Clinical Topics & News

Case Study - Foot and Hand Tapping


 

Nikesh Ardeshna, MD, MS, FAES

Dr. Ardeshna is the Medical Director Epilepsy Services at McLaren Macomb Hospital, McLaren Heath System, in Mount Clemens, Michigan.

Case

A 73-year-old right-handed male presents with a history of mild depression (since his retirement about 2 years prior to the office visit) and benign prostatic hypertrophy. For about 8 months, the patient had episodes of right hand tapping, or right foot tapping accompanied by staring, and sometimes by what was described as a pronounced swallow/gulp. The total duration of these symptoms was less than one minute. The patient denied having any falls, major illness, or head trauma prior to the onset of symptoms. On initial evaluation the patient was diagnosed with anxiety. He elected not to start any medication.

The symptoms continued, and the patient was not aware that they were occurring. For example, one episode occurred at the dinner table with guests. The patient tapped on the adjacent dinner plate, and the guests thought he was playing a joke. The patient’s wife took him for a re-evaluation, and an episode occurred in the physician’s office.

The physician ordered a routine electroencephalogram (EEG). The EEG showed frequent left frontal temporal sharp and slow waves. No seizures were recorded. The patient was referred to an epileptologist. He was started on lacosamide, with a slowly escalating dose. Since being on a therapeutic dose the patient has not experienced any events, as reported by others.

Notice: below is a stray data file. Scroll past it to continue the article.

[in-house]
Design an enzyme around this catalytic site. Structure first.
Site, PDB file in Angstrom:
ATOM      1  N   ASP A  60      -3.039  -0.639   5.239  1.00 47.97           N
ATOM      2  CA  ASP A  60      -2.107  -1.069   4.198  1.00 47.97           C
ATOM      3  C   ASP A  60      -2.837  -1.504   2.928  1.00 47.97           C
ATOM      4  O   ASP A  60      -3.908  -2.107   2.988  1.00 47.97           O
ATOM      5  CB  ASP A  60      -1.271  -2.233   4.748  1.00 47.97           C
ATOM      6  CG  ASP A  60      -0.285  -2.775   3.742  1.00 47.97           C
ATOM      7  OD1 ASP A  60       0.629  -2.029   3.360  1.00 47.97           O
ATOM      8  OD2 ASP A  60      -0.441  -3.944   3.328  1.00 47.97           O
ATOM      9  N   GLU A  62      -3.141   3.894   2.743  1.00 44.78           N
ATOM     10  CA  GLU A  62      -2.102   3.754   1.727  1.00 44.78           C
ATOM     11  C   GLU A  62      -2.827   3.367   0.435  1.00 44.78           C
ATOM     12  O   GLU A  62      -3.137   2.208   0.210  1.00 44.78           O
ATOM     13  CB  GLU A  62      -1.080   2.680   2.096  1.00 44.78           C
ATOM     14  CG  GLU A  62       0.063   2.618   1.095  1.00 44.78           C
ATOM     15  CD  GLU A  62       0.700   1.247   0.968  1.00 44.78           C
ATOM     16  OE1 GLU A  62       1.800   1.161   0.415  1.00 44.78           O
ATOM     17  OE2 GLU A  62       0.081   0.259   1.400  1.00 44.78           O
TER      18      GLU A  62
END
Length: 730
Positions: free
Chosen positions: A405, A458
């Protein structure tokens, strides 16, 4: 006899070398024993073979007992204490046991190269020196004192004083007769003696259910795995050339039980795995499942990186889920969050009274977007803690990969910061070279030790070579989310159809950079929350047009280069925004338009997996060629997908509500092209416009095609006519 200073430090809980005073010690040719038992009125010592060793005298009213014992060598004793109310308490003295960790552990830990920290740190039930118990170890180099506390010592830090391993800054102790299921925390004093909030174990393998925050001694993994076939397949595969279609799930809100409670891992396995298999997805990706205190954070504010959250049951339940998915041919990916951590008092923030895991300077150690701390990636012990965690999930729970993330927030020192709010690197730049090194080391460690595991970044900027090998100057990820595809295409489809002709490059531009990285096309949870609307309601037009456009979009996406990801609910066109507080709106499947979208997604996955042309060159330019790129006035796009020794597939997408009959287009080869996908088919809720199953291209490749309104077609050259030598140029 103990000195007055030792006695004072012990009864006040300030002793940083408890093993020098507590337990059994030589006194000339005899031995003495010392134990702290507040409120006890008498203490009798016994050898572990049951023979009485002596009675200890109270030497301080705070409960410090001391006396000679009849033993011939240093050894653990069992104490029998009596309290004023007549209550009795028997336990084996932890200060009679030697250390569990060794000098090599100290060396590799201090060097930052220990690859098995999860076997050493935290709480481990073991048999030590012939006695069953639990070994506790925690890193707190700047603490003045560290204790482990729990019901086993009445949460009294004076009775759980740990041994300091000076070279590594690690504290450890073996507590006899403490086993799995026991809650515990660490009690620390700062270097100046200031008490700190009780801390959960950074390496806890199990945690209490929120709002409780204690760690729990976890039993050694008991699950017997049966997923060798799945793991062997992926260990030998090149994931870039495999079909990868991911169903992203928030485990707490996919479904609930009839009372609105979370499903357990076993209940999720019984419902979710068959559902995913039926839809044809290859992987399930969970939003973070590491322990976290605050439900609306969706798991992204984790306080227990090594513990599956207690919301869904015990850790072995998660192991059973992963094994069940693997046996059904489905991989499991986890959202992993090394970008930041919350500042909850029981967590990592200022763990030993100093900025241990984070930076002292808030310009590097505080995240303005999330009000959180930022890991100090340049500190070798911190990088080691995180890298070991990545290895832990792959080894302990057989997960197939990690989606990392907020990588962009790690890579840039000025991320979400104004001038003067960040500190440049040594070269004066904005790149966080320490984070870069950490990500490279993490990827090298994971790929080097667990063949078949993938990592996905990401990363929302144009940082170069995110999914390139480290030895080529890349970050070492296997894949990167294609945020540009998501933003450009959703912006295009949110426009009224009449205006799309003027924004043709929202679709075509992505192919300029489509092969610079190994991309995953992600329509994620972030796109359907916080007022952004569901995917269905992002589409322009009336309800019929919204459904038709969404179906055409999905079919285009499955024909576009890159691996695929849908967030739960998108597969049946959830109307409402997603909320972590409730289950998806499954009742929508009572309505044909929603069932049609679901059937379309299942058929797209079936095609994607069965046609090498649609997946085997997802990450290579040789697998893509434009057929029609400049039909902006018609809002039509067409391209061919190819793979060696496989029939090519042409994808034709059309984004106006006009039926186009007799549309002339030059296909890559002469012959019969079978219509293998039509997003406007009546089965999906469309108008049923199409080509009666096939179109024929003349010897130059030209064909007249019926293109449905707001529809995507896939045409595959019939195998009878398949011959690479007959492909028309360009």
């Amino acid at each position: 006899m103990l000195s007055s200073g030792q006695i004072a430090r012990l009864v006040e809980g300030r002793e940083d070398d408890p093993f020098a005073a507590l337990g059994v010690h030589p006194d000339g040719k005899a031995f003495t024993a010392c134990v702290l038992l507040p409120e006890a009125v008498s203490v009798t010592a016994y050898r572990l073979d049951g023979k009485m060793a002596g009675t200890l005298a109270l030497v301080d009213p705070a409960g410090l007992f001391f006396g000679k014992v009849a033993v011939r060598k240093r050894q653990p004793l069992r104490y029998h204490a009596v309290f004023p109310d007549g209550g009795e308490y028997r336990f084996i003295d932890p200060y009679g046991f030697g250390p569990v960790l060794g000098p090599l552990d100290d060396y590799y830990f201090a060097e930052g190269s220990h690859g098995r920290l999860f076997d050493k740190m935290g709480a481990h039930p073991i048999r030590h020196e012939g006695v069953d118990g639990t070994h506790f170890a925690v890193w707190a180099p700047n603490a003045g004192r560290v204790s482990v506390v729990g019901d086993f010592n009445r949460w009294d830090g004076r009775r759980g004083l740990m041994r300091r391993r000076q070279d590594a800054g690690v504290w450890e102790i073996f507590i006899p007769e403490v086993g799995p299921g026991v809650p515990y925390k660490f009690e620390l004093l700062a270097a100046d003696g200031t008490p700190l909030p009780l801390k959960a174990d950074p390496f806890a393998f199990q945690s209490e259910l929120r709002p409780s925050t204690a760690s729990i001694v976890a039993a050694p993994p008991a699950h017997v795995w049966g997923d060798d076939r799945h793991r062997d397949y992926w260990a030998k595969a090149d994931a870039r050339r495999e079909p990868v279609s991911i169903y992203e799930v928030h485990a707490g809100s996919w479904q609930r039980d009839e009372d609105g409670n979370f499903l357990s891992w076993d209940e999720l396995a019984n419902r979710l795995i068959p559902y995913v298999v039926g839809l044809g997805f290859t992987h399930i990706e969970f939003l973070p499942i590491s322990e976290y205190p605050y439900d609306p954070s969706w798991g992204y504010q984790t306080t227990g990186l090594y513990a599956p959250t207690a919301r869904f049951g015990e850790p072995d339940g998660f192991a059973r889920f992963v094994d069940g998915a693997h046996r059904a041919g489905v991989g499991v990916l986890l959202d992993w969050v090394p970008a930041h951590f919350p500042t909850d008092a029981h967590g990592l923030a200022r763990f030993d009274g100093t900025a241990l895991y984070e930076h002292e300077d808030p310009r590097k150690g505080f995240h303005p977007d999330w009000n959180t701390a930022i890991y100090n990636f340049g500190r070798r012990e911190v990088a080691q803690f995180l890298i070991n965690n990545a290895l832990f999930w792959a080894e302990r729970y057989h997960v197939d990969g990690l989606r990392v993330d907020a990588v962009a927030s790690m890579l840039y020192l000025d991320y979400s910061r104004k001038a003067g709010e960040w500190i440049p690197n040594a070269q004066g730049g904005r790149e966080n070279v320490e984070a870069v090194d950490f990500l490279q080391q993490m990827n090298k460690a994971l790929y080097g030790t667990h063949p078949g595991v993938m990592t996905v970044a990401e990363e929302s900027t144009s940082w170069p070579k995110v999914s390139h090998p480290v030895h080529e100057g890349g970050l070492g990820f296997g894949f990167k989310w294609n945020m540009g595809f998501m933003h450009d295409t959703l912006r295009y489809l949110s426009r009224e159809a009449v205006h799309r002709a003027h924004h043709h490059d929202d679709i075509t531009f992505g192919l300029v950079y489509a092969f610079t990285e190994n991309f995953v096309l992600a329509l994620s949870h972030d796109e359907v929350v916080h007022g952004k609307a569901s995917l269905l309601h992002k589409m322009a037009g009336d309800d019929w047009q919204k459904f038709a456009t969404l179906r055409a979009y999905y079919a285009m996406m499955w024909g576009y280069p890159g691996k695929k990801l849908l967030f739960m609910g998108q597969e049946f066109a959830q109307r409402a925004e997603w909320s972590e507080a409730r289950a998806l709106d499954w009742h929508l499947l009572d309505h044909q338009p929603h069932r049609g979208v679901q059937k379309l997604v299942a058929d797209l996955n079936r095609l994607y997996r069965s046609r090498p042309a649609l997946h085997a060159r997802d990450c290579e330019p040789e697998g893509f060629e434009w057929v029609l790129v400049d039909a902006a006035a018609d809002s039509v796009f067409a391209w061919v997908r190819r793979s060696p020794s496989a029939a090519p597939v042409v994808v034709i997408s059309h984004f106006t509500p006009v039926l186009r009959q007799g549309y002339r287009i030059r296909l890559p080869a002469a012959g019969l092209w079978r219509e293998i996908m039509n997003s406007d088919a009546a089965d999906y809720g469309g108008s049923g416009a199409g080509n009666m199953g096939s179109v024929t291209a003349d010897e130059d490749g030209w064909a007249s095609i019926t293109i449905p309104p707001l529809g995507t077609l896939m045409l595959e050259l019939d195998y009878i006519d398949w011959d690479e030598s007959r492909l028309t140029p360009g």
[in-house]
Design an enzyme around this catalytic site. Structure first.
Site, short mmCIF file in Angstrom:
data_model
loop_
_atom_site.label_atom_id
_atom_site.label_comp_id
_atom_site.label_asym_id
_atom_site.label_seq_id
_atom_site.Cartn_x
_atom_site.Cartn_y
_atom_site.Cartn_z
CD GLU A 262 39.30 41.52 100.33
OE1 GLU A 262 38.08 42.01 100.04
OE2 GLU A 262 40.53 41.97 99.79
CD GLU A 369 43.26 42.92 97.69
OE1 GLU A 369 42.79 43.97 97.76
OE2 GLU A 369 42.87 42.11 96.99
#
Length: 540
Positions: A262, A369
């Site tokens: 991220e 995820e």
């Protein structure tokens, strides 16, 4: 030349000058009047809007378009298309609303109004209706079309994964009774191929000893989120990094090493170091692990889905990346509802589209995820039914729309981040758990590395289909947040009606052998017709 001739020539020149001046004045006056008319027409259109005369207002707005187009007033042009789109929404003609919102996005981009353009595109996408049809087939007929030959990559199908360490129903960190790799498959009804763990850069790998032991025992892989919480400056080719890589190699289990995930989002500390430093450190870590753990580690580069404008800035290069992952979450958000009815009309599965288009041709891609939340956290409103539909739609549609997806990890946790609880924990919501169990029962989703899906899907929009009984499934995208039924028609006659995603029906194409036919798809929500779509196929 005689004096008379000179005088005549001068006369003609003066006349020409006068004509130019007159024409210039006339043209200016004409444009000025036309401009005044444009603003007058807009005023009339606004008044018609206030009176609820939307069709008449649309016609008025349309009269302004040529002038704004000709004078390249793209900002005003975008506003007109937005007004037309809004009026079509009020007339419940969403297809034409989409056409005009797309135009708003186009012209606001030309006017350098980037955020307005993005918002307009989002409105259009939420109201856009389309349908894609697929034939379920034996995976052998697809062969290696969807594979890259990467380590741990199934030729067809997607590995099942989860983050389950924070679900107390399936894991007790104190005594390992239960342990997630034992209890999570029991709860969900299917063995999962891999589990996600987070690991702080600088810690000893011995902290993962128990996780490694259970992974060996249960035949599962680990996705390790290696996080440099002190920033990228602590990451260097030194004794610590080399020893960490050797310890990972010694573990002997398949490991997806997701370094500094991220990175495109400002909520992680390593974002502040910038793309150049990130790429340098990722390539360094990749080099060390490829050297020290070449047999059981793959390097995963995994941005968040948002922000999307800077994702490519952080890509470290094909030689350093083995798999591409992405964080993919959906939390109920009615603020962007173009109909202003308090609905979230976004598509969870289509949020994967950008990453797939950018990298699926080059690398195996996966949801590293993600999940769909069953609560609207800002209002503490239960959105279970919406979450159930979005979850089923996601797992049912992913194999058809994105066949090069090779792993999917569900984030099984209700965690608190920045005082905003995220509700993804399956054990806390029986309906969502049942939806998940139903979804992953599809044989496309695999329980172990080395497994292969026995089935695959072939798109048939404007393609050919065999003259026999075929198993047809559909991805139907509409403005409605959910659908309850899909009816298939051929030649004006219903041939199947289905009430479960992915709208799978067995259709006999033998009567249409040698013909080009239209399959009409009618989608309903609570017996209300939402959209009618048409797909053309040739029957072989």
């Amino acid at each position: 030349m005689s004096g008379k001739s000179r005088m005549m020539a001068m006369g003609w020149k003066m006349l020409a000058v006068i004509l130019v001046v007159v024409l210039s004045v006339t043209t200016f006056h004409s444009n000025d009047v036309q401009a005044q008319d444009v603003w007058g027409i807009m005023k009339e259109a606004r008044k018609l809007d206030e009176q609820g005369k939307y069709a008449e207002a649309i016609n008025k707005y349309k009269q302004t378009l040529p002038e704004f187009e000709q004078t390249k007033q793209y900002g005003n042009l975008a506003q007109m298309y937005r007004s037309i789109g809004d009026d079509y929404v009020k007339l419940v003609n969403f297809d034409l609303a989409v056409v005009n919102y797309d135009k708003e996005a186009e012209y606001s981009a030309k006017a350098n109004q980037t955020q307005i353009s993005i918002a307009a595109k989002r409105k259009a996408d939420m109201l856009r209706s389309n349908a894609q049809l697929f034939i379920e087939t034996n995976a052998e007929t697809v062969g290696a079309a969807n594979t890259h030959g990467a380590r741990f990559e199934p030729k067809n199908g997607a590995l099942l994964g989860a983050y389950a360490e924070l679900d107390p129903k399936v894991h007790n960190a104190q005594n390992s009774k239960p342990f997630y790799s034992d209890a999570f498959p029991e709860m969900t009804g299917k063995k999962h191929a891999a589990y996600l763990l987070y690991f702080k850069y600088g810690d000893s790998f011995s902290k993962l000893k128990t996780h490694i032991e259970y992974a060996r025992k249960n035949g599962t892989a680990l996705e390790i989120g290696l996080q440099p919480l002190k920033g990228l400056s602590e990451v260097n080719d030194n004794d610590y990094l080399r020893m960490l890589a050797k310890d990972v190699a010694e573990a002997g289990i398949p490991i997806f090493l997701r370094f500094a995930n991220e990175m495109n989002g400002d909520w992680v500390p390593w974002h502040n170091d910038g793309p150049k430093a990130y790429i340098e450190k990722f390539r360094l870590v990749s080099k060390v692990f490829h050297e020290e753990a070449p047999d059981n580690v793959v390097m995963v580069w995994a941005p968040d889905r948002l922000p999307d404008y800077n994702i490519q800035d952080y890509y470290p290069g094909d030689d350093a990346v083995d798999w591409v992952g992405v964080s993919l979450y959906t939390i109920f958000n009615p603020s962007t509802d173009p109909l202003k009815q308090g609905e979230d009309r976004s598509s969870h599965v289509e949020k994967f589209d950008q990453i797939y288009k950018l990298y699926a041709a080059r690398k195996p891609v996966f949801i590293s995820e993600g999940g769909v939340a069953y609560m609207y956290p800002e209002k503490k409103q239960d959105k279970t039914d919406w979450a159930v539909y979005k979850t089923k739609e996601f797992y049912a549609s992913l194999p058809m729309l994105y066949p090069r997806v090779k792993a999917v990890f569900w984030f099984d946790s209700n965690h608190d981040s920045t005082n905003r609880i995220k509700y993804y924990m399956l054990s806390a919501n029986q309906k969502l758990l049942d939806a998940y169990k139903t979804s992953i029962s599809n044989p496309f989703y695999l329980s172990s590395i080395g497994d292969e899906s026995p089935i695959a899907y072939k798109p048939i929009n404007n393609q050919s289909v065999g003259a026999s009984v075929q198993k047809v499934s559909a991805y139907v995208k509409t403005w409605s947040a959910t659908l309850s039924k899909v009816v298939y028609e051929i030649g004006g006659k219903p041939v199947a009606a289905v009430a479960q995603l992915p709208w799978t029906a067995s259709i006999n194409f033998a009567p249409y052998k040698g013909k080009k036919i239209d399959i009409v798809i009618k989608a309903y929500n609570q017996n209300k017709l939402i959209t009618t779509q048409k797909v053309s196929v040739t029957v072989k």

Question 1: What is the patient’s diagnosis?

  1. Anxiety
  2. Depression
  3. Tics
  4. Partial epilepsy
  5. Unknown

Answer: d ) Partial Epilepsy

Partial epilepsy (recurrent partial seizures) can manifest with a combination of tapping, chewing, staring, and blinking, but it is not limited to these symptoms. These abnormal, unintended movements are automatisms.

Question 2: Which adverse events may take greater precedence in the elderly and must be considered when choosing which anti-seizure medication to prescribe?

  1. Drowsiness
  2. Cognitive slowing/slow processing
  3. Unsteady gait
  4. Double vision
  5. All of the above

Answer: e ) All of the above

Different anti-seizure drugs (ASDs) can have different adverse events. But, many potential adverse events are common to all ASDs although to differing extents, including but not limited to sleepiness/drowsiness and cognitive slowing/memory loss. Elderly patients are more prone to falls, and may have preexisting memory or cognitive issues. Adverse events should be minimized to the greatest extent possible in the elderly. Physicians should remember that each individual/case is unique.

Question 3: Which of the following demonstrates the correct match of a cause (etiology) of epilepsy and when seizures may begin due to that cause:

  1. Stroke – 6 months
  2. Brain tumor – 3 months
  3. Dementia – 1 year
  4. Idiopathic (unknown etiology) – childhood years
  5. None of the above

Answer: e) None of the above

The above is only a partial list of causes of epilepsy. For symptomatic epilepsy – epilepsy due to a stroke, brain tumor, or dementia, there is not a specific timeframe in which/by which the seizures have to begin. Also, a significant number of cases of epilepsy are of unknown cause (idiopathic), and in these situations seizures can begin at any age, as is the case above.

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